ECB promises new crisis tool to help indebted southern states

  • Focus reinvestments on highly indebted members
  • Design a new tool
  • The disappointed markets
  • Lagarde will speak at 4:20 p.m. GMT

FRANKFURT/MILAN, June 15 (Reuters) – The European Central Bank pledged fresh support on Wednesday to temper a market rout that stoked fears of another debt crisis on the euro zone’s southern shore, but appears disappointed investors looking for bolder moves.

Government borrowing costs have soared on the periphery of the 19-nation currency bloc since the ECB unveiled plans last Thursday to raise interest rates to tame painfully high inflation that threatens to take root .

The sell-off was then exacerbated by the ECB’s vague pledge to limit rising borrowing costs, raising fears that policymakers could abandon the most indebted countries, such as Italy, Spain and Greece.

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Anxious to avoid a repeat of the debt crisis that nearly brought down the single currency a decade ago, the ECB backtracked just six days later, unveiling plans for a new support program and directing the maturing debt cash 1.7 trillion euro ($1.8 trillion) pandemic support program for indebted countries.

“The Governing Council has decided to mandate the relevant Eurosystem committees as well as ECB staff to expedite the completion of the design of a new anti-fragmentation instrument for consideration by the Governing Council,” said the ECB following an extraordinary meeting.

Speaking at a conference on Wednesday, Dutch central bank chief Klaas Knot said policymakers had instructed staff to work at an accelerated pace on the new tool, in case sending reinvestments south wouldn’t be enough.

“If that’s not enough, rest assured we’re ready,” Knot said.

His Slovak counterpart, Peter Kazimir, said it was still “premature” to discuss details of what a new tool would look like.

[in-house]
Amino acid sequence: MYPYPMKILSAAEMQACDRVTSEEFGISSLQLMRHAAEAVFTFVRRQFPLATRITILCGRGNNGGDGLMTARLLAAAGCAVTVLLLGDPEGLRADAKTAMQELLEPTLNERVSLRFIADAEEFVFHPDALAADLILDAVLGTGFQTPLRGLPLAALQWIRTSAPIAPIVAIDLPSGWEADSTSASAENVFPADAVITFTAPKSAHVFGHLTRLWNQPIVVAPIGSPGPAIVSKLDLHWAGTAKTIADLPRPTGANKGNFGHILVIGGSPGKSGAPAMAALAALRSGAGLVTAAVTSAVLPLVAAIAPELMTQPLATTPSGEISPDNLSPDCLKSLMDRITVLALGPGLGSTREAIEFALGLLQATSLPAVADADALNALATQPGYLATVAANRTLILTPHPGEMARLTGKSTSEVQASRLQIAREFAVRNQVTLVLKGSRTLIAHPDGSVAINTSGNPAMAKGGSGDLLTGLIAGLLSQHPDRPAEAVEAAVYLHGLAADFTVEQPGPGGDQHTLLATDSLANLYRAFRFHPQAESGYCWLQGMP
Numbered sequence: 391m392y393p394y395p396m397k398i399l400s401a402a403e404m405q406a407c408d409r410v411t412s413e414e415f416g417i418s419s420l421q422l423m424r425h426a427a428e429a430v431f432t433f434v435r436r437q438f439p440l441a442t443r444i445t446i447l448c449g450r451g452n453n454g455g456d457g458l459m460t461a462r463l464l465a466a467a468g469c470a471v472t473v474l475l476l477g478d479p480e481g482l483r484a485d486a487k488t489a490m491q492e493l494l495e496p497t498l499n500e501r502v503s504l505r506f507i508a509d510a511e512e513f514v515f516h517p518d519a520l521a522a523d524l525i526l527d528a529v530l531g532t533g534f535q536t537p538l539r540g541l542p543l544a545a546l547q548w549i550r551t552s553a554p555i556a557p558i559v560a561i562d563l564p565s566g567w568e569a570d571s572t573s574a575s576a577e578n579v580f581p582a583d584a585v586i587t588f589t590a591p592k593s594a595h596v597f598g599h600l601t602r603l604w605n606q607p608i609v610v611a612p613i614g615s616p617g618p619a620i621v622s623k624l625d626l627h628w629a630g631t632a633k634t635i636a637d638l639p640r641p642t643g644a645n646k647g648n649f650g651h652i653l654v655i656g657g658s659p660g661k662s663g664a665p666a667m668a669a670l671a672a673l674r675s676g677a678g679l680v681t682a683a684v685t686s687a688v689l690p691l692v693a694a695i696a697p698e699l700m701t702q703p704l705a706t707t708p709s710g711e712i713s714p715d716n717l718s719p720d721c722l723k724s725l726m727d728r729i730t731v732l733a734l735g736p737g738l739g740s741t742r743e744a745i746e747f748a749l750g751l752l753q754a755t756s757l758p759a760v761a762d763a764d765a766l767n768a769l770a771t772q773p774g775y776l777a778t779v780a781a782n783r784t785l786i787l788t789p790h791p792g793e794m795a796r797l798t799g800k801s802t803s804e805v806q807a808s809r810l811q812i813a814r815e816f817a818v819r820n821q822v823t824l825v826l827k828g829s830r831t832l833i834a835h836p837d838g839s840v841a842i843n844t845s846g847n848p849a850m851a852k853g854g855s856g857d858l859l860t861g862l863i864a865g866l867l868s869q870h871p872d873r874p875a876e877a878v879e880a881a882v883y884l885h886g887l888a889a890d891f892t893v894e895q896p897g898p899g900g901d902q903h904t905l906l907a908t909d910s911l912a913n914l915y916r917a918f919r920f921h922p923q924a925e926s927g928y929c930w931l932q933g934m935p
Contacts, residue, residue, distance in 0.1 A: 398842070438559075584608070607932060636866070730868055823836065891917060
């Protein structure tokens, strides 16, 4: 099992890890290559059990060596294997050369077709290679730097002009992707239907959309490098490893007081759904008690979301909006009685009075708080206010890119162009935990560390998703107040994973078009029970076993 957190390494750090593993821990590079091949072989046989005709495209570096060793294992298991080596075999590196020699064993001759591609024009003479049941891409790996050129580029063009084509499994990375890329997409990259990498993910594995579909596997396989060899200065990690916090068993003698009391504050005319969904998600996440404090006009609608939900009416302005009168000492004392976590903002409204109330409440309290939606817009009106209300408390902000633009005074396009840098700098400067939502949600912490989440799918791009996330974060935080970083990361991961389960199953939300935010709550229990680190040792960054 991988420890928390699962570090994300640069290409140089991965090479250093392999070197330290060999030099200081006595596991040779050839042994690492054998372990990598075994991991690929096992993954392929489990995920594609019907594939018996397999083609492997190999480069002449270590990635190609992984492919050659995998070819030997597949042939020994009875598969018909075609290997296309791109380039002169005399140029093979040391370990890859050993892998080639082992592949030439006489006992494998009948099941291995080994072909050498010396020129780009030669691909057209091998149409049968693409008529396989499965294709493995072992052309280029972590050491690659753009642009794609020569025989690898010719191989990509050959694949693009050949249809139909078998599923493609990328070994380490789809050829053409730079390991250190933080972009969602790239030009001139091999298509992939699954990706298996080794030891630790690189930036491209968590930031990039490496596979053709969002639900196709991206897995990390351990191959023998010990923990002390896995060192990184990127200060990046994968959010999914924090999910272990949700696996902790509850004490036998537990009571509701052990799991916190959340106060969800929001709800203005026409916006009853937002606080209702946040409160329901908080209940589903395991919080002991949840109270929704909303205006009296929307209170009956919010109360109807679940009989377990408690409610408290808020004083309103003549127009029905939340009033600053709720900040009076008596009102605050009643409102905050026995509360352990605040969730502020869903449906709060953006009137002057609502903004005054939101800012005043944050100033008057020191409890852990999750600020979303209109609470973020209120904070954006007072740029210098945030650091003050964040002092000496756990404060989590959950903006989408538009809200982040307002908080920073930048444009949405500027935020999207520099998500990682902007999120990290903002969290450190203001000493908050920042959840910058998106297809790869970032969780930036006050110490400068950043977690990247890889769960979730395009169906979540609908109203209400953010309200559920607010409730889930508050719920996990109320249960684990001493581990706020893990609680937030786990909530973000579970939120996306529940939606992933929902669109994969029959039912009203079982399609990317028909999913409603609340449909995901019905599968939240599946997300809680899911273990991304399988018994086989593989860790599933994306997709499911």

THE BARE MINIMUM?

Investors welcomed the ECB’s intentions but were still disappointed by the lack of details and the absence of a firm commitment.

“I think it’s basically the bare minimum of what one would expect, but I also think it’s the most realistic outcome of what they could compromise today,” said Piet Christiansen. , an economist at Danske Bank.

He added that asking staff to come up with a plan also gave decision makers some time to see how the market would settle on its own.

But the announcement also drew fire from those who argued the ECB was in danger of going too far.

“The job of the ECB is to guarantee price stability, not to ensure favorable financing conditions,” said Markus Ferber, a member of the European Parliament. “Some countries are now simply bearing the brunt of years of irresponsible fiscal policies.”

“If the ECB now launches another program to keep spreads low, it is getting dangerously close to (the) monetary financing of the state,” Ferber said.

The euro fell about 0.5% against the dollar after the ECB statement, but Italian yields eased about 2 basis points after a brief rally.

The spread between Italian and German 10-year bonds, a key indicator, meanwhile widened to 241 basis points immediately after the announcement, but then fell back to 226 basis points, indicating confidence that the ECB will act more decisively, perhaps at the July 21 policy meeting, when it is almost certain to raise rates for the first time in more than a decade.

The ECB’s move comes on the same day the US Federal Reserve is expected to raise interest rates, with investors dramatically upping their bets for a 75 basis point hike, a shift in expectations that fueled a sharp sell-off in markets global. Read more

Italian spreads peaked at around 250 basis points on Tuesday, their highest since early 2014 raising fears that Italy’s high debt levels could become unsustainable.

There is no universally accepted level for this spread, but Carlo Messina, the CEO of Intesa, Italy’s largest bank, said earlier on Wednesday that the country’s economic fundamentals would justify 100 to 150 basis points. .

The spread on Spanish 10-year bonds meanwhile widened to 128 basis points after the ECB announcement of around 125, while for Greece it widened to 269 basis points from around 260.

ECB President Christine Lagarde is due to speak at 4.20pm GMT in London at an earlier scheduled engagement.

($1 = 0.9542 euros)

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Reporting by Balazs Koranyi, Francesco Canepa and Frank Siebelt; Editing by Jacqueline Wong, Sam Holmes, Carmel Crimmins and Tomasz Janowski

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